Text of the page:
“The Eyre Affair” by Jasper Fforde – Literary detective Thursday Next must fight evil if the beloved novel Jane Eyre is to continue to exist. Jane Eyre also stars in Cynthia Hand’s
“My Plain Jane” as do the Brontes and want-to-be ghost hunters. If earlier classics are more your style, try Hand’s “My Plain Jane” which explores alternative Elizabethan history.
“A Whisper in the Snow” by Kate Westerland
“Where the Crawdads Sing” by Delia Owens
“Ghosted” by Rosie Walsh
“Becoming” by Michelle Obama I very much enjoyed hearing about her childhood and family and growing up in the south side of Chicago. It is *wonderful* – particularly because it’s narrated by Obama herself. The tone is conversational so listening to the audiobook felt a little like sitting down and hearing the author just talk about her life.
“Pachinko” by Min Jin Lee
“Unmarriageable” by Soniah Kamal
“Extraordinary Jane” by Hannah Harrison. When just being you is enough. Enjoy fun and sweet illustrations of circus animals too. “Small as an Elephant” by Jennifer Jacobson. A boy left alone at a Bar Harbor campground tries to make his way to York Wild Kingdom. Written by NH author! “Moxie” by Jennifer Matthieu. I would like to be back in high school to experience this go-getter teen in her fight against football players who think they rule the school.
“The Clockmaker’s Daughter” by Kate Morton (audiobook). Time traveling in England during several periods makes Kate Morton a favorite among fellow historical fiction enthusiasts.
“The Ocean at the End of the Lane” by Neil Gaiman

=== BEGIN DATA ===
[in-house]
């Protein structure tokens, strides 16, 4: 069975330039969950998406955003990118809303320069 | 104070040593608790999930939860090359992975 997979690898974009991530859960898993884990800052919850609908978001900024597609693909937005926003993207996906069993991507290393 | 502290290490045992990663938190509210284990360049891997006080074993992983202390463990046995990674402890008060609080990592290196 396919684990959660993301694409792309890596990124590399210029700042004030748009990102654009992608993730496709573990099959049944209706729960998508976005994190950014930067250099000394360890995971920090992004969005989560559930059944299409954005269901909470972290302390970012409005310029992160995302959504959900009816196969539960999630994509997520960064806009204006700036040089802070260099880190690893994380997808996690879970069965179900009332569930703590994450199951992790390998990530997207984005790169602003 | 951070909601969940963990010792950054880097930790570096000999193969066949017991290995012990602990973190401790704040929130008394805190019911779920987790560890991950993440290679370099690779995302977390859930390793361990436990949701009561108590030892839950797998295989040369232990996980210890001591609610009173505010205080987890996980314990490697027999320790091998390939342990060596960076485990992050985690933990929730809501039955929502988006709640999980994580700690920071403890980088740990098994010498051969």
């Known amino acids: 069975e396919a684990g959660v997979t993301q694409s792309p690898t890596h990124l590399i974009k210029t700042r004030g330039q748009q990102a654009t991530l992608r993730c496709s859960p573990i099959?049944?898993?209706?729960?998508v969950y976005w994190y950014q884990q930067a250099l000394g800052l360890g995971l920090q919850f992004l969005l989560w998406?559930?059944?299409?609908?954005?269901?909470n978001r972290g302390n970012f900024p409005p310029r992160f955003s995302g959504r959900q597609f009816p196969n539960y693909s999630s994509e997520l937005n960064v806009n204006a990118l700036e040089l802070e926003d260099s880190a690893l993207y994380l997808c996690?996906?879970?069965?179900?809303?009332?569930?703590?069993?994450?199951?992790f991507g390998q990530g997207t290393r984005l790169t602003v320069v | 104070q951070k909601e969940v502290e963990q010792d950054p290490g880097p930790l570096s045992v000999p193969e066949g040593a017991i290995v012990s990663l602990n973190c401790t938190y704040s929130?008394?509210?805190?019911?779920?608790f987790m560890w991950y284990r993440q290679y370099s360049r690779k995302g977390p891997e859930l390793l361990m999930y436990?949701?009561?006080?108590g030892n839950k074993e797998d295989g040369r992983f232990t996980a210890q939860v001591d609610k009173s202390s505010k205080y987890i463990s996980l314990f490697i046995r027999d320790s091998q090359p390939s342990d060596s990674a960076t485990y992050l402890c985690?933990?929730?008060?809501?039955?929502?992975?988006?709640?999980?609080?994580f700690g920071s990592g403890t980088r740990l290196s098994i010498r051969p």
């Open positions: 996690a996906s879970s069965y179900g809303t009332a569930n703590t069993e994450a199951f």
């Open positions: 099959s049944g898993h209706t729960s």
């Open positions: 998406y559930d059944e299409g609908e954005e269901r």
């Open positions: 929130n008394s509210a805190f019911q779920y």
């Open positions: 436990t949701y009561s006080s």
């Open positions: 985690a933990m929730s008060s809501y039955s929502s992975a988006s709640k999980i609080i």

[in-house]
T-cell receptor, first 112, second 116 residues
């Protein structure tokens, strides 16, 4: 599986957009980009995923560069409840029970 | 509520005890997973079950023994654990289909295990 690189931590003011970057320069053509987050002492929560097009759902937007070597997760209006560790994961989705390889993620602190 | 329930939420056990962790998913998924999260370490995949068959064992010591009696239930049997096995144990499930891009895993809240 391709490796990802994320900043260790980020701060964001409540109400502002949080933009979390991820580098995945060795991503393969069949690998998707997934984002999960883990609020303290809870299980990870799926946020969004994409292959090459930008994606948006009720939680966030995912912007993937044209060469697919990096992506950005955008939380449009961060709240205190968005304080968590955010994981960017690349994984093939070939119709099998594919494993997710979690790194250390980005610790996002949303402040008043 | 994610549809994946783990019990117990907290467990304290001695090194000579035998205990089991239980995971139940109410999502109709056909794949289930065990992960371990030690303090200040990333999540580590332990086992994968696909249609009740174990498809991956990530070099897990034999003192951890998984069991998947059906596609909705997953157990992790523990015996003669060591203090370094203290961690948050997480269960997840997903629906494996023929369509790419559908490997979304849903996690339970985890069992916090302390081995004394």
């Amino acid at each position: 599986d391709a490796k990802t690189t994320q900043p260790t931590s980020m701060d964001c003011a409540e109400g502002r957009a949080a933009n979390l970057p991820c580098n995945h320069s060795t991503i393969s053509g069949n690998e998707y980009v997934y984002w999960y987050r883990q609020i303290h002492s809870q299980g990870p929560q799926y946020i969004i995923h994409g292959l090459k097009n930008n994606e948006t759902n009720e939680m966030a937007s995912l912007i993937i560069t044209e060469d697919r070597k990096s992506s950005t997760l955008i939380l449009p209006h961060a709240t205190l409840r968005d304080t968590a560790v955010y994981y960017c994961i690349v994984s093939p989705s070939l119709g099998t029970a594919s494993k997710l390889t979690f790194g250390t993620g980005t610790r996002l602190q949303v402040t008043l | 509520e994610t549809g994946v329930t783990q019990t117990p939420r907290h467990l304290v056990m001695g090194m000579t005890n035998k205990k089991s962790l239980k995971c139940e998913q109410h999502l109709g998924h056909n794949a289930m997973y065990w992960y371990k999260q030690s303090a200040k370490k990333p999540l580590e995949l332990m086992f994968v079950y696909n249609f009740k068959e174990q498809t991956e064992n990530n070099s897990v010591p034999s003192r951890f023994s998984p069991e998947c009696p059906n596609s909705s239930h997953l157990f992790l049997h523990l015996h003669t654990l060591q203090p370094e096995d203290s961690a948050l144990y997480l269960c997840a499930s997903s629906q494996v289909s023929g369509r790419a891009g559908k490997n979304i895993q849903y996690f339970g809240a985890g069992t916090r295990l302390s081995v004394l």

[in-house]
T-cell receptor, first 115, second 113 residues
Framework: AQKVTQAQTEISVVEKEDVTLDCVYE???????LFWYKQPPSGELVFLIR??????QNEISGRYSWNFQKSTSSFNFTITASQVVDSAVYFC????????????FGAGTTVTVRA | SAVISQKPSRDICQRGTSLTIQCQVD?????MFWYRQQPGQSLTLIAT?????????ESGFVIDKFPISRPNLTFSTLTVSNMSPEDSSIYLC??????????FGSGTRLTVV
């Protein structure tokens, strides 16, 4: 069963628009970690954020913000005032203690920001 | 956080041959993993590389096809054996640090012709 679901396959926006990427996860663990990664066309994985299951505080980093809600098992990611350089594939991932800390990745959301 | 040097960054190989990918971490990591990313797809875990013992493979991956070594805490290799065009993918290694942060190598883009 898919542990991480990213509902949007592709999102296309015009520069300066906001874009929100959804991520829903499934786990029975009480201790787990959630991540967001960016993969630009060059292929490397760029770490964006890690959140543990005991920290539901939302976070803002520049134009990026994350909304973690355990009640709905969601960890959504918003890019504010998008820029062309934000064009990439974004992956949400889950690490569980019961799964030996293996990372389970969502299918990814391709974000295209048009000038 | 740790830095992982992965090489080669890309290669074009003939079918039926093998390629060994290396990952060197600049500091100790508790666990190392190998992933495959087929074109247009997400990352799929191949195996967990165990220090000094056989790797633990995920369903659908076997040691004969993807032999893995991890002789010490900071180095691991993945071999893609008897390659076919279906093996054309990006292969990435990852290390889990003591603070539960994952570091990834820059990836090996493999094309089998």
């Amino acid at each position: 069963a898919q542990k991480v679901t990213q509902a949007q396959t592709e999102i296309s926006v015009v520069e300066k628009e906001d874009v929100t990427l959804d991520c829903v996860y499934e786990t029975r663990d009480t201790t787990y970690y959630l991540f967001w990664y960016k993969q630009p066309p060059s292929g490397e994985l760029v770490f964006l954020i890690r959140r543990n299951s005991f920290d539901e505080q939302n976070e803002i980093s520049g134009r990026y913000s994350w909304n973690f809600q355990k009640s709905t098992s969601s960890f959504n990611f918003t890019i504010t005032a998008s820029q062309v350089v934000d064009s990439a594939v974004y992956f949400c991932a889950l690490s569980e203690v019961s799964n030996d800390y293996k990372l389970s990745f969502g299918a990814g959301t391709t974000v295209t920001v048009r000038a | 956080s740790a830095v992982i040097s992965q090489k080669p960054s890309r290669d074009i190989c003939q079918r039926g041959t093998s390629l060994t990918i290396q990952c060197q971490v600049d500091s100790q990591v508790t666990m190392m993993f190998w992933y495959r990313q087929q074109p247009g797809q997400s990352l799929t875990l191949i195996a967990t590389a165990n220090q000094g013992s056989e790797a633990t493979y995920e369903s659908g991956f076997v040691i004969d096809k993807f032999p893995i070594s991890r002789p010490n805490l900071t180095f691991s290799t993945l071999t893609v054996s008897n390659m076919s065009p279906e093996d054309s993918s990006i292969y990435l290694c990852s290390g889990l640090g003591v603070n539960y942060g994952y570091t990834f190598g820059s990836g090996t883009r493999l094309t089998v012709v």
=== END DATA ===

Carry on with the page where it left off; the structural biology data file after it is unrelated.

It began for our narrator forty years ago when the family lodger committed suicide thereby stirring up ancient powers best left undisturbed. As a seven-year-old his only defense was three women, on a farm at the end of the lane. The youngest of them claims that her duckpond is the ocean. The oldest can remember the Big Bang.
“Wobble to Death” by Peter Lovesey Many of Lovesey’s fans know his Peter Diamond mystery series set in modern Bath, but Lovesey also wrote a series of Victorian era mysteries featuring Inspector Cribb. This novel is set in the world of competitive walking races but all the Cribb mysteries are clever, funny and show Lovesey’s deep knowledge of the Victorian world.
“Women in science : 50 fearless pioneers who changed the world” by Rachel Ignotofsky. If you enjoyed “Good Night Stories for Rebel Girls” by Elena Favilli, you’ll appreciate this collection of stories about incredible female scientists.
“An American Marriage” by Tayari Jones. This book appears on many of the Best Fiction of 2018 lists and with good reason. A contemporary story with compelling characters – a good read!
“Ghosted” by Rosie Walsh
“Ike and Kay” by James MacManus
“Just Mercy” by Bryan Stevenson: A fascinating and heartbreaking look at the inequalities in the criminal justice system and the hard work to keep people off death row. “The Proposal” by Jasmine Guillory: Starting with a unwanted public proposal at a packed baseball game to an unexpected rebound relationship, this is feminist romance at its best.
“Meg, Jo, Beth, Amy: the story of Little Women and why it still matters” by Anne Boyd Rioux.
I still remember sitting with Maman, my grandmother, back in the 1950s, hearing the story of Meg, Jo, Beth and Amy for the first time. Later, I read Little Women for myself and loved it. In those days, I felt like Beth, but wanted to be more of a rebel, like Jo. Now, having read Meg, Jo, Beth, Amy, I want to reread Little Women one more time.In this short book, the author gives us valuable information about Louisa May Alcott, her most famous book, all the editions and adaptations of Little Women for stage and screen, as well as the views of the book’s fans and foes and the book’s influence on the lives of girls and the women they became. So why does this classic, first published in 1868, still matter in 2018? Read the book and find out. Now, I’m off to borrow a copy of Little Women!